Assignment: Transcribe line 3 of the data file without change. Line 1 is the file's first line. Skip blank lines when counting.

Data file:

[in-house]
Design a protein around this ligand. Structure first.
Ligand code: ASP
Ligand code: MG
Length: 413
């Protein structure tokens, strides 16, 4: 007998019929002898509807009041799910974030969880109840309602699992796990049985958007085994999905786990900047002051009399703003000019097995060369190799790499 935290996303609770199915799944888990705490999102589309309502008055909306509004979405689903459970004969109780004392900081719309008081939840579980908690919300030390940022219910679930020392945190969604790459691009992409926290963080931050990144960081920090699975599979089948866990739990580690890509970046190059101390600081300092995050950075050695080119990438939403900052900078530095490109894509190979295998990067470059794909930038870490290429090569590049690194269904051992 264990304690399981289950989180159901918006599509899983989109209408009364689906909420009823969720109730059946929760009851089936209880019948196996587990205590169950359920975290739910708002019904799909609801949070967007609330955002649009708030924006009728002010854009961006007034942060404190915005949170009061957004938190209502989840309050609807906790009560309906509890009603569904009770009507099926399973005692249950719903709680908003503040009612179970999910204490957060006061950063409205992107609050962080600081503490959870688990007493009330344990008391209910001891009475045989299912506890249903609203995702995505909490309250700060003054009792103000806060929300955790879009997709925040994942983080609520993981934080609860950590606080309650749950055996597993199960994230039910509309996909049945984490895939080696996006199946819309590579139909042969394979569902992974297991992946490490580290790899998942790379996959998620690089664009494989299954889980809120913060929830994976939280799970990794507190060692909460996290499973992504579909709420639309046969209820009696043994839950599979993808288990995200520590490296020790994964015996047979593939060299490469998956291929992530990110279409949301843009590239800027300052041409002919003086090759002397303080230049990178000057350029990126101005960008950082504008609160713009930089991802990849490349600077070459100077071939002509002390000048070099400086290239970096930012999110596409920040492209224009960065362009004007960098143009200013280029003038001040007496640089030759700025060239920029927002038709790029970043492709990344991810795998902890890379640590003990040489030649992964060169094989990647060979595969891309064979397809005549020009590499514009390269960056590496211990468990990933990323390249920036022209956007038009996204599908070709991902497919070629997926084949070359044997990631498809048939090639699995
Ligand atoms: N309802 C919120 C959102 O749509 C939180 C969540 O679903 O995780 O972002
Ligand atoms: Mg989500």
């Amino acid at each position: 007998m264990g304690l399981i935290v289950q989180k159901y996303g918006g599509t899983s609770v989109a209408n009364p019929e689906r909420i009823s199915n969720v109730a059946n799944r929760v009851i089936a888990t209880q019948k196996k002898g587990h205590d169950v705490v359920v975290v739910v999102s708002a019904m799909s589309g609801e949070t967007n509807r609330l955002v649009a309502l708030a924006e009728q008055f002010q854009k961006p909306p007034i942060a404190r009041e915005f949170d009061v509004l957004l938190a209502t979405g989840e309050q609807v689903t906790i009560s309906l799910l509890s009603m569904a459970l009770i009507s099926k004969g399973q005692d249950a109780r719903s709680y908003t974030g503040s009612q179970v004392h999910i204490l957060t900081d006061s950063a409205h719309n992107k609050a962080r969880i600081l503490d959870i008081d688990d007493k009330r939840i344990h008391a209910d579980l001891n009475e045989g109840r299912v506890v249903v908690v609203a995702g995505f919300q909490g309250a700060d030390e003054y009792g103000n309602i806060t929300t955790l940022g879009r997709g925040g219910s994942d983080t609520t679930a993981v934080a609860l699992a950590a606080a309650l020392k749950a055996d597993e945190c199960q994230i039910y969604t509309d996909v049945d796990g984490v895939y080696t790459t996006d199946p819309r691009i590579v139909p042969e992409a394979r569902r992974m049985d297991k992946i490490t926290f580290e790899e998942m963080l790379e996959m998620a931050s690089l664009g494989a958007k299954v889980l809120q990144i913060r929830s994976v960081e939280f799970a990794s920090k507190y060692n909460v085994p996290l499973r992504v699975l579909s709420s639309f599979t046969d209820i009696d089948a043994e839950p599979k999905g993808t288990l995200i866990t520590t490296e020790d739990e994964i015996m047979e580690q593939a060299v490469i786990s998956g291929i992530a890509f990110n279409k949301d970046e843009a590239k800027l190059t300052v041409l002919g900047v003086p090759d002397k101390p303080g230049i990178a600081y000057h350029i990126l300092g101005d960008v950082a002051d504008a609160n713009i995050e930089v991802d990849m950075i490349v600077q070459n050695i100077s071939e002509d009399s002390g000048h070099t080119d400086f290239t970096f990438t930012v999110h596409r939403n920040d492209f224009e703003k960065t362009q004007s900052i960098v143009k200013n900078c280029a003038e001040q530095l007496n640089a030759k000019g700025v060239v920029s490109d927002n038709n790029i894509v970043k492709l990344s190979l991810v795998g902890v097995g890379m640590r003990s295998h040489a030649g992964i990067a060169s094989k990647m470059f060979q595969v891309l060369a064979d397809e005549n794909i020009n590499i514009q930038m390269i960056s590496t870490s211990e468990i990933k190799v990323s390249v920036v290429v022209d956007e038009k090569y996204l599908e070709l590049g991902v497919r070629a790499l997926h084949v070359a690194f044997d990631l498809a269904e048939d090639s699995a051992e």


Ligand code: ASP